Upon landing, I was immediately struck by how different the Kenyan culture is from our own. The people as a whole are far more religious than here in the states, which is apparent even in their conservative dress and lingo. On the way to the slum, while observing a group of women crowded around a rusty faucet, I really began to feel the culture-shock; the sight of adults in line to collect clean water in trash bags and dirty tubs was humbling. However, this was only a taste of what I would witness in the slums.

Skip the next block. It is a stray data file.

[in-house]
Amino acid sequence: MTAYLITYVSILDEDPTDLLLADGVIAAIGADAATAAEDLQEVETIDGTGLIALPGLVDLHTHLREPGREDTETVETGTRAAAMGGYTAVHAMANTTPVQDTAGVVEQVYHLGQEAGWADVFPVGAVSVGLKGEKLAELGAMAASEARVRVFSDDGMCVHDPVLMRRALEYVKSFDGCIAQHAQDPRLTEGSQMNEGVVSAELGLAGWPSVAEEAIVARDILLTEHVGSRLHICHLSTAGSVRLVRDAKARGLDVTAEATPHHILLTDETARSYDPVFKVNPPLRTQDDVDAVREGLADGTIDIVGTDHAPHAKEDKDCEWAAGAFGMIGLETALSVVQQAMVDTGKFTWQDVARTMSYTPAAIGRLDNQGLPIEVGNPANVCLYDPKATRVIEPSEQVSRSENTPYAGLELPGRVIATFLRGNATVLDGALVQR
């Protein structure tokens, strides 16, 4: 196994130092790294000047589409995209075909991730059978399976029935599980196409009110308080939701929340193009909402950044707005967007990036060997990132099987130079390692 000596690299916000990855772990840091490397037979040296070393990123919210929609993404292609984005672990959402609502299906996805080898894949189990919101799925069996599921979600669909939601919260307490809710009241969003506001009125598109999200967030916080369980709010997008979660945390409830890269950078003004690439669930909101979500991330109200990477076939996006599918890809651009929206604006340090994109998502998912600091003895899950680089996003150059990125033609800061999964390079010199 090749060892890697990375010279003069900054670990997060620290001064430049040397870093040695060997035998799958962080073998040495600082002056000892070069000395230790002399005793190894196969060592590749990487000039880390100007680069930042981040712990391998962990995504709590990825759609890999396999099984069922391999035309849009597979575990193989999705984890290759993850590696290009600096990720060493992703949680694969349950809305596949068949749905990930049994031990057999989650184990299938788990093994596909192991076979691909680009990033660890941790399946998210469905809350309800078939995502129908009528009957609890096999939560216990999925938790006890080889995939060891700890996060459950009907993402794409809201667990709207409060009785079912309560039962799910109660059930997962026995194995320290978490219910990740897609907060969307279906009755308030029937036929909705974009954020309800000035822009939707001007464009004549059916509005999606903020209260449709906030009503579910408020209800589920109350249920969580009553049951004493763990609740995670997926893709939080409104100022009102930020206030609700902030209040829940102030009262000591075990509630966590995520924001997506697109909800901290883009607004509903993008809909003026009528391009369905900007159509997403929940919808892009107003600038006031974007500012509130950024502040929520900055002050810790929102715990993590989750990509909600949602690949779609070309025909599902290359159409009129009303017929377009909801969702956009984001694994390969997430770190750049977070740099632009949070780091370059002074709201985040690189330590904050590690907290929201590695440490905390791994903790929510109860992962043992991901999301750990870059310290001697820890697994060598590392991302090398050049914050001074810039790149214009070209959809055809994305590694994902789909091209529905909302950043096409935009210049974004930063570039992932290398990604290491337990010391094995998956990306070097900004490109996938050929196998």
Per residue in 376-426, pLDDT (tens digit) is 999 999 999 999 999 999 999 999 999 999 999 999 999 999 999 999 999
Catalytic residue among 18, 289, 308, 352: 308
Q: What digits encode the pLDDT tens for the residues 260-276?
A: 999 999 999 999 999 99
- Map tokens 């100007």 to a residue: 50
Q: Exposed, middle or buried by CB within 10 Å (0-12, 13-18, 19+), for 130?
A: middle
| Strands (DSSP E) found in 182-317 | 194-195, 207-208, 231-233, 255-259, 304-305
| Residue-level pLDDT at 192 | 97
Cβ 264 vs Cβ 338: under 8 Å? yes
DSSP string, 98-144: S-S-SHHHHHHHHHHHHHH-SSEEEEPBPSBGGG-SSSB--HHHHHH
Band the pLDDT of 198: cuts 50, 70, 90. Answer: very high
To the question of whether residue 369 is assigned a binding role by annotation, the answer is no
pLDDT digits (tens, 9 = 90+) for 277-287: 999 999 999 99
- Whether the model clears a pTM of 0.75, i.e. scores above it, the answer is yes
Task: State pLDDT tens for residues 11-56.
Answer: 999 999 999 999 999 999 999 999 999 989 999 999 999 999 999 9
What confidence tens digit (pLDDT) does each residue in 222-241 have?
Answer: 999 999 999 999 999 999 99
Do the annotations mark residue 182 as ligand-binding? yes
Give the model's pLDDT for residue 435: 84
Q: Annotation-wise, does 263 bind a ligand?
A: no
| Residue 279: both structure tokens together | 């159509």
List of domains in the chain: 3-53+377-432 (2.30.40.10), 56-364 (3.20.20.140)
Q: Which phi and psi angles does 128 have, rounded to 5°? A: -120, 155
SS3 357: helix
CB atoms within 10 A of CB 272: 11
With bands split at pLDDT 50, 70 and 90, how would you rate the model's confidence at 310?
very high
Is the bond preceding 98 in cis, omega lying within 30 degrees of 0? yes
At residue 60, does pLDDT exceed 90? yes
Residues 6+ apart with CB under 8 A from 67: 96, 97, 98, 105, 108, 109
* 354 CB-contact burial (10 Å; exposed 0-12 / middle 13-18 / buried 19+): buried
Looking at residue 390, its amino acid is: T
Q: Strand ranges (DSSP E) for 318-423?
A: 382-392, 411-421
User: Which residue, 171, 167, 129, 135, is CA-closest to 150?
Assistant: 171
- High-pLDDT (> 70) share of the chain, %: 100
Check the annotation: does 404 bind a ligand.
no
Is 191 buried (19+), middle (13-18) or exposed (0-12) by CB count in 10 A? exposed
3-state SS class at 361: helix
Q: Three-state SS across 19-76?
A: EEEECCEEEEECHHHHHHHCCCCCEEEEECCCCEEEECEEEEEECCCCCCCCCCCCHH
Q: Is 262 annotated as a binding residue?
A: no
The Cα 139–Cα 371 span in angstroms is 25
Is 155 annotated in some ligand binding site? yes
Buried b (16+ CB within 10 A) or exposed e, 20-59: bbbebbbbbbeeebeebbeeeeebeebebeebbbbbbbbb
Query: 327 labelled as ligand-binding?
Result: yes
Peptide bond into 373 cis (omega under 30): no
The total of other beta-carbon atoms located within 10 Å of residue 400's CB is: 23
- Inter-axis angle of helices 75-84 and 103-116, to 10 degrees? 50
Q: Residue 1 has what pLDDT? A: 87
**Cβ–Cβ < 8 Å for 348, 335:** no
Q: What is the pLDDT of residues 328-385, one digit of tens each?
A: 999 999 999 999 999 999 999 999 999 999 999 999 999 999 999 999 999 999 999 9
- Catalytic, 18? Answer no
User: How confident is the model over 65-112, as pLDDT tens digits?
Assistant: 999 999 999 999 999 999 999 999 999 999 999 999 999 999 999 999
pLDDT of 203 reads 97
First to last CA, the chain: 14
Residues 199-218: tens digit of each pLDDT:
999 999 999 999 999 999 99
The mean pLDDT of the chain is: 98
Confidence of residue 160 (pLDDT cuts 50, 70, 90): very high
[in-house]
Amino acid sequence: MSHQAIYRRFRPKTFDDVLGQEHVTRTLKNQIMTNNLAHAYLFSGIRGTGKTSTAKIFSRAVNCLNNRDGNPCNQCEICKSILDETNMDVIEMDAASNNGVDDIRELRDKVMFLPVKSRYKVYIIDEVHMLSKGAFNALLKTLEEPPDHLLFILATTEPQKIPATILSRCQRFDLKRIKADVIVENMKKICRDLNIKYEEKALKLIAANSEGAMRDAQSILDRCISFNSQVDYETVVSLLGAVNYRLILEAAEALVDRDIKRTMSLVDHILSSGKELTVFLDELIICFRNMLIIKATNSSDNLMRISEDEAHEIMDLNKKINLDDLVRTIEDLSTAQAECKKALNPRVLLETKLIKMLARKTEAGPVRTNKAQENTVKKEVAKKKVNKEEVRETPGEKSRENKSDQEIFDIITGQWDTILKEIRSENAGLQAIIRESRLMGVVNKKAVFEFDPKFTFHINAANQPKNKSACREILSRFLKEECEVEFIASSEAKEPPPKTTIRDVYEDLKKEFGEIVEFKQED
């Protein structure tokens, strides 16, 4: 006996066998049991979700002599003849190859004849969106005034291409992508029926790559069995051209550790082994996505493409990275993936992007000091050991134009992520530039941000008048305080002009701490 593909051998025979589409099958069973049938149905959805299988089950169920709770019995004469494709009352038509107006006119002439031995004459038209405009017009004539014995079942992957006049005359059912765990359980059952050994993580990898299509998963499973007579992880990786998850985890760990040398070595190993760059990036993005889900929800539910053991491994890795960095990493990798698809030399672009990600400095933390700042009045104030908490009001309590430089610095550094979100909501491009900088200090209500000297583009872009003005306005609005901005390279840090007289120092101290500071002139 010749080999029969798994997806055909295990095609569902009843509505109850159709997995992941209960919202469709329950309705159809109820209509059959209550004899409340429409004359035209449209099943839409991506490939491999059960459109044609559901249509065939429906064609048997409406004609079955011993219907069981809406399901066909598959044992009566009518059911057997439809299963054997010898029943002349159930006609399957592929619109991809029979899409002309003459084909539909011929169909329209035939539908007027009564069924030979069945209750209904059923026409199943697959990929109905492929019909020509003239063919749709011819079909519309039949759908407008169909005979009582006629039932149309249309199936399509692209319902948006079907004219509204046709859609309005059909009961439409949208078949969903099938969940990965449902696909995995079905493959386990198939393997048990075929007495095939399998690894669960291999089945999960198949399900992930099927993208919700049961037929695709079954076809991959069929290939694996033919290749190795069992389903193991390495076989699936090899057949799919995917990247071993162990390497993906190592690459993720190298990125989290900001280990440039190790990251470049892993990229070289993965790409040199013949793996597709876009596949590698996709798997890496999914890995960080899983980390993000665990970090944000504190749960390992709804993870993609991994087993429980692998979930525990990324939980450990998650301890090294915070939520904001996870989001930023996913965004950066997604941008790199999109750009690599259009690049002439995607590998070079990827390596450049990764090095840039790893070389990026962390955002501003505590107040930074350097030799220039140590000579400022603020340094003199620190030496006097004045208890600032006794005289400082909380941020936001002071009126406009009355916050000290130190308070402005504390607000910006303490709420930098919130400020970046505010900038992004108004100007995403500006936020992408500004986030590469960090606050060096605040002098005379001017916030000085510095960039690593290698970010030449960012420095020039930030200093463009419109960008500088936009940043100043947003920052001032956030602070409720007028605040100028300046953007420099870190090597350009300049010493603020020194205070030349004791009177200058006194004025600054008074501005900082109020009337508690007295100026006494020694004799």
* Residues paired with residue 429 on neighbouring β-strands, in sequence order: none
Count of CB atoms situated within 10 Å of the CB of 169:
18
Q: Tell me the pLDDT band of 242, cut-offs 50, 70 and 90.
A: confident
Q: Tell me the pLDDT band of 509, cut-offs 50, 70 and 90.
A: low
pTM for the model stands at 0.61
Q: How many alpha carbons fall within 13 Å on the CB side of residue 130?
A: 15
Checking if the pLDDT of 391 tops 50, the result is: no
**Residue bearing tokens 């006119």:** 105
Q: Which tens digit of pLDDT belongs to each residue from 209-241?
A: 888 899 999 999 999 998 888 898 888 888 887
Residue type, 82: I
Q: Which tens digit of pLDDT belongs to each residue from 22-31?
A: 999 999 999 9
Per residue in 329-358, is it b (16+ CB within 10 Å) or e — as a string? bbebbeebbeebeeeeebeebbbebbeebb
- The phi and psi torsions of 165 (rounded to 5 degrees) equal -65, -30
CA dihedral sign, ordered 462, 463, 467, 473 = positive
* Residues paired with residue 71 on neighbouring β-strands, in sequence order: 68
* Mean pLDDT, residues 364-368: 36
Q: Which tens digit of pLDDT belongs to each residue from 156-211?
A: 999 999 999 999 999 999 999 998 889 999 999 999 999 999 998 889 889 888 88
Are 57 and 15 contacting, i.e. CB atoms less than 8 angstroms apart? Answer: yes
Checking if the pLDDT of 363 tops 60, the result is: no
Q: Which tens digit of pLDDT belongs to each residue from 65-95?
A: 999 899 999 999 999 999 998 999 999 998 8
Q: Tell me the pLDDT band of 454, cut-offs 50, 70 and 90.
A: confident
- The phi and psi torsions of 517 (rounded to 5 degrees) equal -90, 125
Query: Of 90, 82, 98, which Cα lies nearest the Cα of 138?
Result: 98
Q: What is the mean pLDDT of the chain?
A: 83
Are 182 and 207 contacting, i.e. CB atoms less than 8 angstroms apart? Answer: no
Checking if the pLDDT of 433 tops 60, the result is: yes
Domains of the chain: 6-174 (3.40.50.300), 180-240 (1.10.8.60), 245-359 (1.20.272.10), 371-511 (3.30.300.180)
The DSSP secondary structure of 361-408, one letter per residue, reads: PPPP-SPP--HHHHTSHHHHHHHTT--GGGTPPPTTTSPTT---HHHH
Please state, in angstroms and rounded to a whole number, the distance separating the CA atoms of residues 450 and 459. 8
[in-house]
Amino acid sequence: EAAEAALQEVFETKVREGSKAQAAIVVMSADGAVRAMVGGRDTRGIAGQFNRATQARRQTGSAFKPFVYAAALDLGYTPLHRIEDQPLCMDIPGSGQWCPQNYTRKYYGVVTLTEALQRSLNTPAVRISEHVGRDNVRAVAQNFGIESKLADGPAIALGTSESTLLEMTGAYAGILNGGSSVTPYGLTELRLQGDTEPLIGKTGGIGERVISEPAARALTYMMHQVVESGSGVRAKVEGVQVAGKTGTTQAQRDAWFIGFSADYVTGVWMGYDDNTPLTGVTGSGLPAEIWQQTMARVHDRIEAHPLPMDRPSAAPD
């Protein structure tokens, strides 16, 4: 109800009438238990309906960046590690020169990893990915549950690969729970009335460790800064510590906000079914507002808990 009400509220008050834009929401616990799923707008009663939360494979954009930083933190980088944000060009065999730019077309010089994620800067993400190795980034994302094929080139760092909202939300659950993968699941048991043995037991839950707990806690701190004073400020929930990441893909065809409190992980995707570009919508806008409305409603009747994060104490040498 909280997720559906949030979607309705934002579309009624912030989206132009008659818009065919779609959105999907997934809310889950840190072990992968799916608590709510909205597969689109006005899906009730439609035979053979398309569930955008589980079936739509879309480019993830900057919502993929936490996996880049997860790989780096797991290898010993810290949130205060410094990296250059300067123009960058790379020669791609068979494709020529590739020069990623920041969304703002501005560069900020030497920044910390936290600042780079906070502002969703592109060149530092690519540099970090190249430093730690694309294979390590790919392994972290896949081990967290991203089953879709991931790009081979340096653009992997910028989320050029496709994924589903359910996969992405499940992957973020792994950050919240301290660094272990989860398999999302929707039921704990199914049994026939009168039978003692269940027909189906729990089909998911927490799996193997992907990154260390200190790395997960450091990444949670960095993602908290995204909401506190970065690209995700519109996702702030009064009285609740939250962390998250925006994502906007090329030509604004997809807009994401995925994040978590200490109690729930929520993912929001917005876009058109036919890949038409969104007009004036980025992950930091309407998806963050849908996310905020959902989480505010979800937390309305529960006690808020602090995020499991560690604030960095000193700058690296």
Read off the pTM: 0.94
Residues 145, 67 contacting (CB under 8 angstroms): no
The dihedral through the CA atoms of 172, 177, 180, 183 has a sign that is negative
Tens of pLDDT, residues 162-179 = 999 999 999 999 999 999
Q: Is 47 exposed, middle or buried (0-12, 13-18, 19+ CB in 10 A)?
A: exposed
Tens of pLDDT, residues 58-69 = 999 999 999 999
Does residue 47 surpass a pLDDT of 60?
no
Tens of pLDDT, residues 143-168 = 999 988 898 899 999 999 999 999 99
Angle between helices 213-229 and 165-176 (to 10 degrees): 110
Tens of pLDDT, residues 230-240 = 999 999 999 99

Our team of about 60 social workers, child-sponsors, and medical professionals spent the week serving one of the largest slums in northeastern Nairobi. Korogocho, which is a Swahili term for “crowded shoulder to shoulder”, is home to an estimated 200,000 people crammed within 1.5square kilometers. (Though slums comprise only 5% of Nairobi, they are home to roughly half its citizens.) Walking through the slum for the first time was a truly unforgettable experience. The crowded shacks were comprised of strips of corrugated metal and other recycled materials held together by long nails with bottle caps for washers. The first one I went inside, which belonged to a kind woman named Margaret, was home to 6 children and 2 single mothers despite being no larger in area than a queen-sized mattress. The stench inside the homes is even worse than the street, where the lack of a sewage system has resulted in an unmoving stream of garbage and excrement. The air is so thick with the odor of waste and the fumes of burning plastic that my throat actually swelled so much on our second day to the point that I couldn’t even talk. The bathrooms, which are literally just holes in the ground, are so few that pedestrians have to be wary of “flying toilets” (i.e. plastic bags full of human feces). Surprisingly, the people of Korogocho had some electricity, or at least enough to power a few light bulbs and old radios. Since all the power is stolen from the city, however, it is often shut off without warning and lost until someone can find a new way to steal it. The absence of streetlights encourages a high crime rate; even as we walked, our guide reminded us to keep our wallets in the front to protect from pick pocketing. At night, however, is when most of the frequent murders, rapes, and kidnappings occur. One of the more graphic events I witnessed in the slums was a fight that broke out just yards in front of me on the second day. Two men were throwing punches until one managed to knock the other to the ground; the standing man then picked up a rock the size of a watermelon to cave in the other’s skull. Thankfully, the rock missed by inches, and the men were both tackled and separated before the fight became a murder. A local, Kenya-based ministry called Missions of Hope International (MOHI) coordinated nearly all of the work we did. Founded by Kenya-native Mary Kamau in 2000, MOHI seeks to do away with the common mistake of “hit-and-run” relief by working with the people of the slums and training them how to care for themselves.